Avicii goes out on top
Bruce Springsteen, “Western Stars” (Columbia)
Bruce Springsteen’s new studio release breaks fresh ground for the veteran rocker, who turns his back not only on the blistering sound of the E Street Band but also abandons the haunting acoustic moods pioneered on “Nebraska” and fine-tuned on later solo efforts.
After the soul-searching, confessional tone of his best-selling autobiography and sold-out Broadway show, Springsteen’s “Western Stars” relies on an unfamiliar orchestral approach that somewhat masks the singer and is devoid of driving beats, sax solos and rock ‘n’ roll tropes.
Instead, he draws on the rich tradition of California-styled, pre-Beatles pop. There are hints of Roy Orbison’s soaring vocals and Brian Wilson’s pocket symphonies, but the lyrics are pure Springsteen. Beneath the glossy sheen are the taut narratives, introspection and ambiguous moments familiar to longtime listeners. His storytelling skills are as strong as ever, just presented in a different way.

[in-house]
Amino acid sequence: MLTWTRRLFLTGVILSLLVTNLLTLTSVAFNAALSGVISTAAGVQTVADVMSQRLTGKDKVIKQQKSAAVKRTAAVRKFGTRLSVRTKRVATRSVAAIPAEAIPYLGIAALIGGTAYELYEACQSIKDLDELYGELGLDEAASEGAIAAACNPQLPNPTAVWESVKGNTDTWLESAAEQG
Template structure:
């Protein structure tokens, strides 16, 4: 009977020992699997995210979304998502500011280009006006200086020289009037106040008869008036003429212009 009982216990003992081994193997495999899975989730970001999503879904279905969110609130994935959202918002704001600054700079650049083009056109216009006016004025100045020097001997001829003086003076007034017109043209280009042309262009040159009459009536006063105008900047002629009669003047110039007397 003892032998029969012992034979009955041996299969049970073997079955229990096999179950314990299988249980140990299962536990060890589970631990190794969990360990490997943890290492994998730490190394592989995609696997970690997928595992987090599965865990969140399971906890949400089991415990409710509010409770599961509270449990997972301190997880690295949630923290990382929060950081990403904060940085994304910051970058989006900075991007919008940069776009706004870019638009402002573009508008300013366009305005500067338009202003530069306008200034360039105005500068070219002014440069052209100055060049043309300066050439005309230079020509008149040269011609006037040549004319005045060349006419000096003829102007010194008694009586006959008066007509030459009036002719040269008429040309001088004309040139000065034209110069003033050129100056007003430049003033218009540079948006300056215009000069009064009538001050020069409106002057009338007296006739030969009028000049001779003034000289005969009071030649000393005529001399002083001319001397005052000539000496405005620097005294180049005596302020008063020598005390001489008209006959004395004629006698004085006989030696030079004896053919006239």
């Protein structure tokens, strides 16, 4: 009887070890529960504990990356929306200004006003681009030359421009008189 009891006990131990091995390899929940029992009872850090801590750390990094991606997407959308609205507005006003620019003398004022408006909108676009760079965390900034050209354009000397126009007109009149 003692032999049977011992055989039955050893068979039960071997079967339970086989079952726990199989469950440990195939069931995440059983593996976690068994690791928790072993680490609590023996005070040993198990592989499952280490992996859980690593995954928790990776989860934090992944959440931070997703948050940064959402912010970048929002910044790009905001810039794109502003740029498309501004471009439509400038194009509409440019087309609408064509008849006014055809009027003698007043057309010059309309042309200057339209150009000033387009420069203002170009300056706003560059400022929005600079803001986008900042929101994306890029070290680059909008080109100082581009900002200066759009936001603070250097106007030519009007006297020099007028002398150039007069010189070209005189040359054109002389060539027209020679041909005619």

He’s paying homage to an era when the single reigned, and radio airtime went a long way to determining an artist’s success or oblivion, but Springsteen is not looking for No.1 hits with easy hooks. “Western Stars” is understated, without over-the-top orchestration or hyperbole. Each song stands alone as a self-contained story; taken as a whole it’s a panorama of loneliness and heartbreak. The protagonists are mostly men, and mostly beaten down, but there are occasional whiffs of freedom, usually tied to the joys of the open road, that most enduring of American myths.
It is no accident that the album opens with “Hitch Hikin’” and this straightforward image of a loner in perpetual motion: “Thumb stuck out as I go/I’m just travelin’ up the road/Maps don’t do much for me, friend/I follow the weather and the wind.” It’s a recurring image dating back to the days of Woody Guthrie.